Wednesday, February 10, 2010

Old and new memorials

Tuesday was the anniversary of the death of St. Maroun, after whom the Maronite church, the largest Christian sect in Lebanon, was founded. This was no ordinary anniversary however (at least to those of us from the New World) but the 1600th.

Schools and government offices were closed (as they had been for the 1599th), though many shops stayed open.

On the fresh and raw loss front, 23 bodies and body parts of the 90 passengers have now been recovered from the Ethiopian Air crash off Beirut on January 25th.

The first of the two “black boxes” from the crash was finally retrieved several days ago after an intense search, not far from shore and only 45 meters (147 feet) deep, despite reports last week that the “pings” had been located miles offshore and at a depth of 1300 meters (4,265 feet--not 425 as erroneously stated in last post).

The box was flown to France (in the Prime Minister’s private jet) for examination.

The “black” box turns out to be actually orange (for some reason I find this jarring, on a par with the discovery that the Sphinx has a tail--delightfully logical).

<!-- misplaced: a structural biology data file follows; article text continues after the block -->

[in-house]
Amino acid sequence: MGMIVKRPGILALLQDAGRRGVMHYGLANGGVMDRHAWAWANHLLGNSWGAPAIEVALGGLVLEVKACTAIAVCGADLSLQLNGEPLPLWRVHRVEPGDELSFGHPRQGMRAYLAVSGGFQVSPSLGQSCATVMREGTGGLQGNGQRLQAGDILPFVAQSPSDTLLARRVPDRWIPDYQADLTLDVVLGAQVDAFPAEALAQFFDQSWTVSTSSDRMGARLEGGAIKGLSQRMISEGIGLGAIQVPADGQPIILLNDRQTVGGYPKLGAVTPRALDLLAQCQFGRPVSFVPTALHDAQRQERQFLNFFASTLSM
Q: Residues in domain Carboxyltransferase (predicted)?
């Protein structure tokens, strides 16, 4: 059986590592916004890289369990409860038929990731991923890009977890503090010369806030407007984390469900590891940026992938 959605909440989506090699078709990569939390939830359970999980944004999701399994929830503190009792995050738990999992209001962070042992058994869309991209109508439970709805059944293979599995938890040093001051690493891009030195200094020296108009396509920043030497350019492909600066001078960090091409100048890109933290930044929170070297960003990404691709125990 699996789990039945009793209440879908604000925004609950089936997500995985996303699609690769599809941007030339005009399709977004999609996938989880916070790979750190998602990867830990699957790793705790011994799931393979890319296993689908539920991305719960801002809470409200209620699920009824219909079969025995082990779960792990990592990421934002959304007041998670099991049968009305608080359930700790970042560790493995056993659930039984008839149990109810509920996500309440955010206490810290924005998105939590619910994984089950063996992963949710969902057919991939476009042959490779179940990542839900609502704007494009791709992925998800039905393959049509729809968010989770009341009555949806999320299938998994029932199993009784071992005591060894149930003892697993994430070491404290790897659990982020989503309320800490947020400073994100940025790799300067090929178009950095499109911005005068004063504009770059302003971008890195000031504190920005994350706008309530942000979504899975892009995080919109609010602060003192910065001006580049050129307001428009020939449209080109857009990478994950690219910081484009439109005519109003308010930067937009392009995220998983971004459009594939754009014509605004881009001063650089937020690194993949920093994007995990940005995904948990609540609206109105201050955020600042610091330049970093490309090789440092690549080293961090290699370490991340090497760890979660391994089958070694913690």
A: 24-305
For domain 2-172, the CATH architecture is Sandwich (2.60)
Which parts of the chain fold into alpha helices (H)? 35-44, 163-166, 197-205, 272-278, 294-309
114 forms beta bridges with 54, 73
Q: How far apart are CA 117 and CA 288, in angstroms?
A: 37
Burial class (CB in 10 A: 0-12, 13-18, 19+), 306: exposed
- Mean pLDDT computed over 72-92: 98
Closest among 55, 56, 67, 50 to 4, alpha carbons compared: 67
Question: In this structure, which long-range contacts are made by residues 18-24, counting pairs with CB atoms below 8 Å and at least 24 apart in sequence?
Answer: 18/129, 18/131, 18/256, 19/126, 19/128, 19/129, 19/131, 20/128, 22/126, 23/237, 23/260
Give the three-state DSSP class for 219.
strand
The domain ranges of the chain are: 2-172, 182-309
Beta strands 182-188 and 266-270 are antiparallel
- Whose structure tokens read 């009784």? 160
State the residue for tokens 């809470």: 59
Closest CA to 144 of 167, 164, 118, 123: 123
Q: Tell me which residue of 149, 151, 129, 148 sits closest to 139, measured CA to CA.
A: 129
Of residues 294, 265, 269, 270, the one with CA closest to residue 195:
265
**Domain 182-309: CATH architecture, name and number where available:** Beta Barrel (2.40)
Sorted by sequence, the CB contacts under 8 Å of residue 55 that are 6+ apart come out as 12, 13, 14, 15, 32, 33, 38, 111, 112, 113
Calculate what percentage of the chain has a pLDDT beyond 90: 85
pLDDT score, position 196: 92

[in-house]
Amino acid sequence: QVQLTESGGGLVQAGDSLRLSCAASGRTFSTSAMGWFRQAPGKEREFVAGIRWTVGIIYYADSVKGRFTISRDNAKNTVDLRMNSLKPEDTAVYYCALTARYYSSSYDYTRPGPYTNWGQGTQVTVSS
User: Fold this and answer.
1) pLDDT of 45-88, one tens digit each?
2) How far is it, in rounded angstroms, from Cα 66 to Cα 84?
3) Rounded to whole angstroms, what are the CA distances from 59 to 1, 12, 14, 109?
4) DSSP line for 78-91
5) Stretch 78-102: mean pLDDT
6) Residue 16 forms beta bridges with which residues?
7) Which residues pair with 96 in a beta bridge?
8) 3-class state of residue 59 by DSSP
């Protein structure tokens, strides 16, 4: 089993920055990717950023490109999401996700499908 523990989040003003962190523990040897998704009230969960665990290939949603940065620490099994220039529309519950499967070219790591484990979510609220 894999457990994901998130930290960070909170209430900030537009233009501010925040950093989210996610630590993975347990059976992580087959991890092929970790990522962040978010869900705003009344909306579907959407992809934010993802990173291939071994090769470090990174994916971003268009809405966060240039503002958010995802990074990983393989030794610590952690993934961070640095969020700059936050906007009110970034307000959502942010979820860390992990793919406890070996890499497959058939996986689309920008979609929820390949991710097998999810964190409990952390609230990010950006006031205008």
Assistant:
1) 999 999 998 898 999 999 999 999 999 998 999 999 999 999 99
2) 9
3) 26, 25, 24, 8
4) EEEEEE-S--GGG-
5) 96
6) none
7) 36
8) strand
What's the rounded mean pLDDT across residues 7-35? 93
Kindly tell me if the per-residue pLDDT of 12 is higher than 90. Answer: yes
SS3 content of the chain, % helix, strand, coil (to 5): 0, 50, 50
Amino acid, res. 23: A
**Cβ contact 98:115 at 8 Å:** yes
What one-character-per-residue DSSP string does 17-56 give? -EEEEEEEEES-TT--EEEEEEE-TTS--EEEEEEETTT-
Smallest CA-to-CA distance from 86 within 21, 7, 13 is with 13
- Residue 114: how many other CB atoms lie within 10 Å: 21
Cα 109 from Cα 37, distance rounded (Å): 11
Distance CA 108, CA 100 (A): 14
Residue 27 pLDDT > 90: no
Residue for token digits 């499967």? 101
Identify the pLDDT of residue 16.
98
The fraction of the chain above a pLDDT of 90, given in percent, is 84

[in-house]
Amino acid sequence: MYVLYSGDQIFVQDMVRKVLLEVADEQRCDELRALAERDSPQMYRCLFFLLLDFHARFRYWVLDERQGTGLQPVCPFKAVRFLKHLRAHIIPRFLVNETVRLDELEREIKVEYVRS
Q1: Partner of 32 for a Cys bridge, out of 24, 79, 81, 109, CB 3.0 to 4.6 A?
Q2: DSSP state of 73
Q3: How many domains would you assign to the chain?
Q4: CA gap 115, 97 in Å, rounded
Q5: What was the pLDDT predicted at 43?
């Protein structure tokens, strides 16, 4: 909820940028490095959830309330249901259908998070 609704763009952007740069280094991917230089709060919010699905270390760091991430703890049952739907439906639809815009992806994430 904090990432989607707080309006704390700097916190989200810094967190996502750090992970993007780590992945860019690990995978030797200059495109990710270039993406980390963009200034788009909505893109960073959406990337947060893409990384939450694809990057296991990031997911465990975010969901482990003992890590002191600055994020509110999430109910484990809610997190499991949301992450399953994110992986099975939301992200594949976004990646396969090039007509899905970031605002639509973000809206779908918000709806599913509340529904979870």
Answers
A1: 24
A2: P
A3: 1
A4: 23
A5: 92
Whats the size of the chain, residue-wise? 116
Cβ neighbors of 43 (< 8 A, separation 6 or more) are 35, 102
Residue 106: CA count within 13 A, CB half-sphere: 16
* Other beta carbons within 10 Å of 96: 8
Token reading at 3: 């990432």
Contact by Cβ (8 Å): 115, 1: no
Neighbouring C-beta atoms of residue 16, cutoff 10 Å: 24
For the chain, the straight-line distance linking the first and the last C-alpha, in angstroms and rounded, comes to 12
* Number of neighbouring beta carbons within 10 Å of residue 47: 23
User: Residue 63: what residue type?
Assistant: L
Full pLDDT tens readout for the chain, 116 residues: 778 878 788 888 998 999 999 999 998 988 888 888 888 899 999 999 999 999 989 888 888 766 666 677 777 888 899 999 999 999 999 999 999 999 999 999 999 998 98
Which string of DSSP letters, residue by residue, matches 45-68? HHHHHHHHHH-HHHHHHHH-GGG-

Part of the second box, the cockpit recorder, was found a day later, but missing a key piece. This only adds to the mystery, drama, circus of recovery efforts. The weather, pilot error, the Israelis and Al Qaeda have all been variously blamed. (Al Qaeda was the latest culprit, courtesy of some rabid Israeli online press).

I spoke with an Ethiopian worker here who said that their community was convinced that the plane had been bombed because a group of high ranking Hezbollah members was to have been on board, and that the truth would never come out because it would be suppressed by the government. Lebanese government? Someone’s government—does it really matter? She wept as she told me of a woman on board who had worked as a maid here for 11 years, and had not seen her family that whole time. Another domestic worker here had three children in Ethiopia.

Photo shows Lebanese army being briefed by the search team (with thanks to ACS teacher Sietske and her amazing blog--

Another dimension of the recovery efforts is that the vessels equipped to dive to the deep level that seemed to be necessary belonged to private, for-profit treasure hunters (see photo), working at the expense of the Lebanese government. It was reported that they are especially eager to help, while keeping an eye out for a 1957 plane wreck in the area , which was thought to be carrying gold bullion...